The NSO Group has further exacerbated Israel’s tensions with Palestine, suppressing Palestinian voices online. Within the Palestinian social movement, progressive left-wing advocates are systematically harassed. One such activist, Ubai Aboudi, was targeted by Pegasus for his leadership in Bisan, an organization dedicated to documenting and exposing injustices against Palestinians. Aboudi was arrested, leaving his whole family impacted by the immense violation of privacy. In an interview with the president of Foundation for Middle East Peace, Lara Friedman, Aboudi explained the danger of Pegasus potentially making phone calls to terrorist organizations or watching illegal activity without a cell phone user’s knowledge as a means to frame them. For instance, Pegasus spyware could send messages to ISIS members from a person’s cell phone without their knowledge, serving as evidence to indict the user. In this sense, the Israeli government can easily slander or wrongfully accuse powerful activists as a means to tear them down for their own political purposes of weakening Palestine.
Despite promises of keeping Israeli citizens safe from Pegasus, Israel has also subjected its own population to surveillance by the software. Though any police involvement was denied, Pegasus spyware sold under the license of the Israel Ministry of Defense was deployed without a court order. Israeli police were caught spying on anti-Netanyahu activists, mayors, and anti-LGBTQ activists. The technology was not explicitly covered by existing laws, allowing Israeli police officers to exploit a legal loophole. It is alarming to witness the police force seize such invasive spyware, as corrupt policemen may use this technology to abuse their power, posing grave threats to the protection of citizens’ rights.
How Pegasus Hacks & How to Stop It
In the past, Pegasus relied on spearfishing, which required cellphone users to click on a link to activate the hack. The technology, however, has become more advanced operating under a “zero-click attack” system which can exploit a vulnerability in one of the apps in a phone without any interaction. For instance, WhatsApp calls can infect a phone even if a call is not picked up. Once the spyware is in a phone, it has root access to everything in it. It is near impossible to detect this hack as it does not display any viral symptoms. Some researchers suggest the newest version of Pegasus gets saved onto temporary files and will not show up on one’s hard drive. Amnesty International has developed a Mobile Verification Toolkit (MVT) with a source code available on GitHub in order to detect the malware. It, however, is only a viable option for tech-savvy users who suspect they are being tracked by Pegasus. At the moment, the only way to get rid of the spyware is to dispose of a current mobile phone and change the cellular number; a factory reset of a phone will not remove it. As Snowden puts it, NSO’s products are mere “infection vectors” not meant for security purposes: “They’re not providing any kind of protection”. The NSO group doesn’t “make vaccines – the only thing they sell is the virus”.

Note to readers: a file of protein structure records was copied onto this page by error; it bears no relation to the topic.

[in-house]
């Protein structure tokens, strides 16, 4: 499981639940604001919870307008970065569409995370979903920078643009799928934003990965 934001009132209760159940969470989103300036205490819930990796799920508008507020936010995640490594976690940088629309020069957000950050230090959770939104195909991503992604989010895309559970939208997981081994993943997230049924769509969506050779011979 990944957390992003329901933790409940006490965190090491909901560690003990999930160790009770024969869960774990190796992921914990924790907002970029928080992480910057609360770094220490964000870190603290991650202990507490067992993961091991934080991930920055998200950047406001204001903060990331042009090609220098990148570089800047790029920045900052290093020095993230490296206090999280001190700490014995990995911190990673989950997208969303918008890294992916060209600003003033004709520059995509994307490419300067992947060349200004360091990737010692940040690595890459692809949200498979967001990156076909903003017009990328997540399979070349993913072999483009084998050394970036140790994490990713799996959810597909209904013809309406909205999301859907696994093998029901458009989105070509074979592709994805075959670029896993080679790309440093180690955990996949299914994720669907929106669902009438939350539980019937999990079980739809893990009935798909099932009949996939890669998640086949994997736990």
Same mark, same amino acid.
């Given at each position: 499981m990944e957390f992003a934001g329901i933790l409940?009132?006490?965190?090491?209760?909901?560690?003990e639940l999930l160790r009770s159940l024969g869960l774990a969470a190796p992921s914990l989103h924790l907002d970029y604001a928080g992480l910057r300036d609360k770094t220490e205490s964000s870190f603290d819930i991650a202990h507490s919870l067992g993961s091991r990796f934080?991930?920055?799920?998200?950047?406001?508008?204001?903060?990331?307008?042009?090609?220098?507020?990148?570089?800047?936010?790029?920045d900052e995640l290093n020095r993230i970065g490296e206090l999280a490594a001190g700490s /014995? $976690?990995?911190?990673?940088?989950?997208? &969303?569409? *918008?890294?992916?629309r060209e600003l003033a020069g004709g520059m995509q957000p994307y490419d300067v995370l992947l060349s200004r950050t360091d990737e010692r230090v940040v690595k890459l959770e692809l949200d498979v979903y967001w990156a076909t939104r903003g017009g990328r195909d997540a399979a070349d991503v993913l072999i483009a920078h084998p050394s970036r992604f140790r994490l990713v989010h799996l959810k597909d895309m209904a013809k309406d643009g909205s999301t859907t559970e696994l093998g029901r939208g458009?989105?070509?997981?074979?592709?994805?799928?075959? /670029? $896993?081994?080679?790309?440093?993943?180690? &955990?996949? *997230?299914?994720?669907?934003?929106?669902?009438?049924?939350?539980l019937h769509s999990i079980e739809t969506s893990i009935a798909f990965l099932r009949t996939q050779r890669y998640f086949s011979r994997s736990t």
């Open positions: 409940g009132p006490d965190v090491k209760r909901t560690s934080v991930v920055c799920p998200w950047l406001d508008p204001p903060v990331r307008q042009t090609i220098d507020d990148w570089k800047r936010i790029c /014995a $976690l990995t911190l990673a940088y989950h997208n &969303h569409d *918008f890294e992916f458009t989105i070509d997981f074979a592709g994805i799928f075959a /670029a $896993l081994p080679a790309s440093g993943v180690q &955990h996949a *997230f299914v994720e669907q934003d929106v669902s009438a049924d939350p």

In response to the hackings, tech companies including Microsoft Corp, Facebook parent Meta Platforms Inc, Google parent Alphabet Inc, and Cisco Systems Inc have all taken action against NSO, both legally and critically. Facebook sued NSO group in 2019 attributing mass WhatsApp hackings to the Pegasus spyware. This past November, Apple followed suit. Harsh disapproval against the NSO group has put individual pressures on them, but a more severe response from the international community is imperative in successfully condemning the group. Despite the FBI purchasing Pegasus in 2019, the US has since taken a harsh stance against the NSO group, black-listing them. No other countries, however, have taken stringent measures to boycott the NSO group. Snowden urges governments to enforce a ban and halt the trade around this technology. As he puts it, the worst is yet to come as it won’t just “be 50,000 targets, it’s going to be 50 million targets, and it’s going to happen much more quickly than any of us expect.”
Though media outrage has overwhelmingly scandalized the NSO group, there are countless others operating silently. The Israeli offensive surveillance industry encompasses an intricate web of hundreds, possibly thousands, of cyber companies. In a concerning trend, Israeli firms closely associated with Israeli military intelligence units are surging. Military, security, and surveillance technology trade are vital to Israel’s ties with the rest of the world. The Israeli army is increasingly training offensive hackers within the military, suggesting more technological tactics of warfare to be incited in the future. As the spyware industry intertwines with the military intelligence global agenda, Israel benefits, creating low incentives to address the spyware abuses they have facilitated.
Moving forward, there must be international regulatory frameworks to impose oversight and transparency on spyware technology groups. This may entail a collaborative international effort to uphold a certain global code of conduct and ensure that rules on lawful interception, or law enforcement agencies’ ability to inspect device users, are made stricter. There is a dire lack of human rights policies and ethical practices surrounding spyware companies. Governments must adopt requirements for spyware use that are consistent with human rights principles and international law. Accountability is necessary, and if the NSO group repeatedly fails to regulate spyware distribution, they must be held responsible for the oppressive acts committed by participating governments.